Governor: Jerry Brown, Circa 1976
We cannot endorse the Jerry Brown who exists today, a centrist who believes that people should get to vote on their own taxes. But we can eagerly endorse Jerry Brown from 1976.
Jerry Brown circa 1976 has what California needs most: no sense of history. A candidate who has no understanding of how the world has changed since the mid-'70s represents everything the San Francisco progressive movement stands for.
Jerry Brown circa 1976 left a record of progressive accomplishments that we're absolutely positive will work this time. He would also never revitalize Oakland, which was unforgivable. Also, Jerry Brown circa 1976 was dating the hippie folk rocker Linda Ronstadt; as part of our endorsement, we demand that this relationship continue.
Lieutenant Governor: Gavin Goddamn Newsom
Jesus Christ! We spend all these years pointing out that Gavin Newsom isn't worth the suit he's dressed in, and now we have to endorse him? That piece of shit in the mayor's office is such a hypocrite, it's contagious. The thought of furthering his career is sickening, like an AIDS victim catching Ebola. Most of us didn't even want to do an endorsement for lieutenant governor in this election because … come on, are you kidding us? But the only thing worse than a Democrat who votes like a Republican is an actual Republican, and it just … SCREW HIM AND THE MODERATE HORSE HE RODE IN ON! SHIT! GODDAMMIT TO HELL AND A SODOMIZED POPE!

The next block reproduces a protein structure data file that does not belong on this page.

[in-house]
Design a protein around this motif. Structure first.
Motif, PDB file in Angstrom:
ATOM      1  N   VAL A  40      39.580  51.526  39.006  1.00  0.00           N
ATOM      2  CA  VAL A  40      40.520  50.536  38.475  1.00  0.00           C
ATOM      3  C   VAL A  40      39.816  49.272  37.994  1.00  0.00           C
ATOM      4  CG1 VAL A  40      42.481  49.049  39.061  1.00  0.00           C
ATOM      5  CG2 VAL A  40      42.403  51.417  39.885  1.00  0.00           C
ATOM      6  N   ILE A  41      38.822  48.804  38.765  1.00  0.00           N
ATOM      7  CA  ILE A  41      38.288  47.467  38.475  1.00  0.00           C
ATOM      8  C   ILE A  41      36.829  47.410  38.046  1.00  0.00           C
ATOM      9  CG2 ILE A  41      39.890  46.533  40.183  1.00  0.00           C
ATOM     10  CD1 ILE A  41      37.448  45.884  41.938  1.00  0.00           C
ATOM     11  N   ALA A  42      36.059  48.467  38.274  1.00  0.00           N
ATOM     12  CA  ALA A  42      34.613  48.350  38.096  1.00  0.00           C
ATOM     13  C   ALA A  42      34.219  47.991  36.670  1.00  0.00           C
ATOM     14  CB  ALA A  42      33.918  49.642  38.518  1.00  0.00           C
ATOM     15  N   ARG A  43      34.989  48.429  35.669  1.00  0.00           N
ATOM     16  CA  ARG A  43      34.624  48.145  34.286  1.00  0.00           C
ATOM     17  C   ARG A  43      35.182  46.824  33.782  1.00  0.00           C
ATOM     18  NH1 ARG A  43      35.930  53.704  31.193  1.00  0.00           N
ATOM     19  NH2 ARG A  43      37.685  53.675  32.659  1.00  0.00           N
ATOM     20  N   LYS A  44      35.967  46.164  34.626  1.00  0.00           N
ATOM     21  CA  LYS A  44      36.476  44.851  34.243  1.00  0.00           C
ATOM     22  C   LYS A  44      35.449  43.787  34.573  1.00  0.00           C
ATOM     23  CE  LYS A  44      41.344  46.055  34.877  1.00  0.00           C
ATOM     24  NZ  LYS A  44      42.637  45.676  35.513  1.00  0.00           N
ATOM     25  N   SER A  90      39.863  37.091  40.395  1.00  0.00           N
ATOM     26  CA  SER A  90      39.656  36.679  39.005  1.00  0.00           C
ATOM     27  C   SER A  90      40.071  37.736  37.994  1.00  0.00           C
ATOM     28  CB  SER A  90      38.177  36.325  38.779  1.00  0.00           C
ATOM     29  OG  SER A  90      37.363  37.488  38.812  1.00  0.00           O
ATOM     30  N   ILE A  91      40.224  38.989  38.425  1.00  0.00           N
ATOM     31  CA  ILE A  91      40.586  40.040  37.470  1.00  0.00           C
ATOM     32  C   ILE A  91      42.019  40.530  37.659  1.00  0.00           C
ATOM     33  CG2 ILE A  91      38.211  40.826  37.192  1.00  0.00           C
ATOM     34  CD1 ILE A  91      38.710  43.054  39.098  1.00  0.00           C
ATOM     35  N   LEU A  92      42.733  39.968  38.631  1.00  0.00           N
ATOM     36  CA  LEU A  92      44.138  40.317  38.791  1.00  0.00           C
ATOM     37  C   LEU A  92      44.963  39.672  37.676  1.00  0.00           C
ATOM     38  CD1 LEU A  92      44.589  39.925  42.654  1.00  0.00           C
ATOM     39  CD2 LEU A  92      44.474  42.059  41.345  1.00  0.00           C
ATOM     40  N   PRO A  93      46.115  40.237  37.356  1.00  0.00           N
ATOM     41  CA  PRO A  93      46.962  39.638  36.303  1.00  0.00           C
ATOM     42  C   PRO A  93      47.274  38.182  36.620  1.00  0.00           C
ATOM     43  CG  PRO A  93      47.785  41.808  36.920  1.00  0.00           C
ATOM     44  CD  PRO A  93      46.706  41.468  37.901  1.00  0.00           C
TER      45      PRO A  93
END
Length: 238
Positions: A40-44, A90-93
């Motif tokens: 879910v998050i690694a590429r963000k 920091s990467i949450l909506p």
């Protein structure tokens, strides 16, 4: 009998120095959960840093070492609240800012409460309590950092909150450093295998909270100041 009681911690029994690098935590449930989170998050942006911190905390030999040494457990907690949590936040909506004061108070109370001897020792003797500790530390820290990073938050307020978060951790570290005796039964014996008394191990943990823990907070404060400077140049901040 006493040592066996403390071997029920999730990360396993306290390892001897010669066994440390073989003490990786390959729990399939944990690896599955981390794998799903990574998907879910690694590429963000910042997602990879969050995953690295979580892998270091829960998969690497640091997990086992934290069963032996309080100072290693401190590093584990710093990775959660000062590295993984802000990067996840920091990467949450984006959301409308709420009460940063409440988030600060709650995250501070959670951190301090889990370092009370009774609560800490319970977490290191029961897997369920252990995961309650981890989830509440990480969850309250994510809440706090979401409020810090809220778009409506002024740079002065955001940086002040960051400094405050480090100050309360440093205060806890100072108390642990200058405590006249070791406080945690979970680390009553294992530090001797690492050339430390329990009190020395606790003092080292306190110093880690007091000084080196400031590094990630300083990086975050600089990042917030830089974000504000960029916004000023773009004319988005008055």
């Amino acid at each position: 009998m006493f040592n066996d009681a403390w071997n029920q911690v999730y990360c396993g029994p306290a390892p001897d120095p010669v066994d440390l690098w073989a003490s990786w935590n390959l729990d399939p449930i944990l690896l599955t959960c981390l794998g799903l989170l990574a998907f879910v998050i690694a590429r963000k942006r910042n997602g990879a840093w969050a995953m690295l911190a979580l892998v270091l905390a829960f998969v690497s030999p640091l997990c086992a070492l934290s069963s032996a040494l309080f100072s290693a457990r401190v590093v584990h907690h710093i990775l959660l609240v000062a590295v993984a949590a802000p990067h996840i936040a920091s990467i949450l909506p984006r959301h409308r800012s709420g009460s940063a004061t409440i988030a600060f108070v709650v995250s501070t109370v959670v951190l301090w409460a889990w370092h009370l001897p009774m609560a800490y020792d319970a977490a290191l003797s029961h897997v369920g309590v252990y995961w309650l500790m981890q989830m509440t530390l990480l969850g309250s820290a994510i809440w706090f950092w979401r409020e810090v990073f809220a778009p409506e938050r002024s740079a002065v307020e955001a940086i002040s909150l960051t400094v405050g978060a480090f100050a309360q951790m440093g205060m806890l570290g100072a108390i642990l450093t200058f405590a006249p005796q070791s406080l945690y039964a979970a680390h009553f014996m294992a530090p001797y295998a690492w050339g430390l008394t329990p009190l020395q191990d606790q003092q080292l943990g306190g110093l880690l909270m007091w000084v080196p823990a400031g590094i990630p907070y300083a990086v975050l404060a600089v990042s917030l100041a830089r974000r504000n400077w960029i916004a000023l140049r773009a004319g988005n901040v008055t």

Vote Gavin Newsom.
Attorney General: Kamala Harris
It's easy to feel good about voting for Kamala Harris, because we get a warm buzz every time we vote for a female minority. It's the equivalent of lighting a joint while listening to the “I have a dream” speech on Cesar Chavez Day.
Harris' opponent, Steve Cooley, has executed 50 people in the past nine years, and he's probably coming next for someone you know. It could be your mom, or your brother, or your best friend: There's no way to tell. Death is not progressive — we've tried to abolish it with a ballot measure every year since 1987 — and if Cooley has his way, we'll probably all die, someday.
So vote Harris. She is, unquestionably, the attorney general candidate of color least likely to kill someone we know.
District 2: Who cares?
People in Pacific Heights are rich enough that they don't actually need representation, and they don't deserve it anyway. We've been writing editorials for years telling them that our bicycles are morally superior to their money, and sometimes it seems like they're ignoring us.
Besides, now that Michela Alioto-Pier can't run for office, we're pretty happy. Vote? Sure, whatever. Vote for whomever you want, you rich Marina pricks — you're only one step up from suburban. Since Sarah Palin doesn't live in your district, you're bound to end up with a better supervisor for the next four years whatever happens.
District 4: Jane Kim
If she'd listened to us, Jane Kim would be living in District 4 and mounting a strong, progressive, challenge against incumbent Carmen Chu. Instead, Chu is running unopposed.
We thought we had a machine that would make progressives do what we tell them, or else. We really thought we had it this time — our city editor, Steven T. Jones, told Kim where to live — but we guess she doesn't realize how important he is.